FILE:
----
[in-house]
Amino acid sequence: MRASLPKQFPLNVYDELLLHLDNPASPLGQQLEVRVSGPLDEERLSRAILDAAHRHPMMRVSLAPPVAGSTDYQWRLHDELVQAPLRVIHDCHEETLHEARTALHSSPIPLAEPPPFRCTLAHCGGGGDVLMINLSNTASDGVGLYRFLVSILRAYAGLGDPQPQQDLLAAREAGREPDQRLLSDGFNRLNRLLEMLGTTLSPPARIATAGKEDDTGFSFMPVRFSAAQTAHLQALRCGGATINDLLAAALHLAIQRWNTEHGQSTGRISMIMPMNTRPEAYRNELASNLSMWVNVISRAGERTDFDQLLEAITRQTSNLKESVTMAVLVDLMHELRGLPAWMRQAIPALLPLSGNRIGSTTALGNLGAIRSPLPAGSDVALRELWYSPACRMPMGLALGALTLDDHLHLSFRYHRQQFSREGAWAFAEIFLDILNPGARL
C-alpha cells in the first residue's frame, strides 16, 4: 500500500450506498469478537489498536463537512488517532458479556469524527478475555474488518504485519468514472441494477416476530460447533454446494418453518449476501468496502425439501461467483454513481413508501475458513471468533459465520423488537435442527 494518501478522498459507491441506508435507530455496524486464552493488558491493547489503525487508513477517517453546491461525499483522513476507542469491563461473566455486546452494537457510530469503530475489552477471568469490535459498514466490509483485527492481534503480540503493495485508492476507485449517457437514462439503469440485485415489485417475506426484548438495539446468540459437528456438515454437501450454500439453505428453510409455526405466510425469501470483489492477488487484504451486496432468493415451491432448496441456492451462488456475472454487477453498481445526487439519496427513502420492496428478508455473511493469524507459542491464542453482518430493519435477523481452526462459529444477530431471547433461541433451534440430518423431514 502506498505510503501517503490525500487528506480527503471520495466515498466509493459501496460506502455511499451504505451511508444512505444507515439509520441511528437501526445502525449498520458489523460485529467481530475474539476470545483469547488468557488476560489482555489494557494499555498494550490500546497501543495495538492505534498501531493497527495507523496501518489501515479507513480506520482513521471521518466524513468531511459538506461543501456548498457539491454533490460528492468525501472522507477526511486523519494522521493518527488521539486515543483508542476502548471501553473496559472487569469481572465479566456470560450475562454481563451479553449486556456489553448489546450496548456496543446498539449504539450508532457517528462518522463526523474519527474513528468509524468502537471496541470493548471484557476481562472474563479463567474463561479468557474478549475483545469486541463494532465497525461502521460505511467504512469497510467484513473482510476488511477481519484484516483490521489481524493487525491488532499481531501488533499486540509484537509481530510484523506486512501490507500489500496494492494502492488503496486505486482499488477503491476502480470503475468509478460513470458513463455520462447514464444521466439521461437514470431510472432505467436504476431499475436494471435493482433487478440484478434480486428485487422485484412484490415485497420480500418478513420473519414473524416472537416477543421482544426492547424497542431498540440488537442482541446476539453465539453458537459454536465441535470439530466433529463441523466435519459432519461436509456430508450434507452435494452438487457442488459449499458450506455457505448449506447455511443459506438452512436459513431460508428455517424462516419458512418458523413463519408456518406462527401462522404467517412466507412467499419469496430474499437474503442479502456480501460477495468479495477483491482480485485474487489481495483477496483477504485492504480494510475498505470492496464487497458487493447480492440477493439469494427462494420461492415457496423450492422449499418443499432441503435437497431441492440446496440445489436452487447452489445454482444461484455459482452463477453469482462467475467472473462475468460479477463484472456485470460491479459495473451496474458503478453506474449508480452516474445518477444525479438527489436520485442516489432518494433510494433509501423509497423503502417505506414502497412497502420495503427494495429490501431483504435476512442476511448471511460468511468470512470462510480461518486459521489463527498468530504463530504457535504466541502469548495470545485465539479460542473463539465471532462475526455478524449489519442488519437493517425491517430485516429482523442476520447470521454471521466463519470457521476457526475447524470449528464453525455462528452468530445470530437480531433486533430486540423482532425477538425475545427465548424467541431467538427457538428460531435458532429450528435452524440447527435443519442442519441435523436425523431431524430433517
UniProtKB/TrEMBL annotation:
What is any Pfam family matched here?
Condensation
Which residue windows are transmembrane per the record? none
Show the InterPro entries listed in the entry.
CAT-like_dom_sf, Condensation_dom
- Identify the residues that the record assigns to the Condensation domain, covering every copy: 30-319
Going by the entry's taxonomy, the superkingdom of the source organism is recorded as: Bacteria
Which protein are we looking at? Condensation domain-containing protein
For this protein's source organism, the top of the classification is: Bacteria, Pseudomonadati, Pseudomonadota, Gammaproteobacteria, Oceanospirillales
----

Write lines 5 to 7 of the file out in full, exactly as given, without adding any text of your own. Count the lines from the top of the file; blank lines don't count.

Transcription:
What is any Pfam family matched here?
Condensation
Which residue windows are transmembrane per the record? none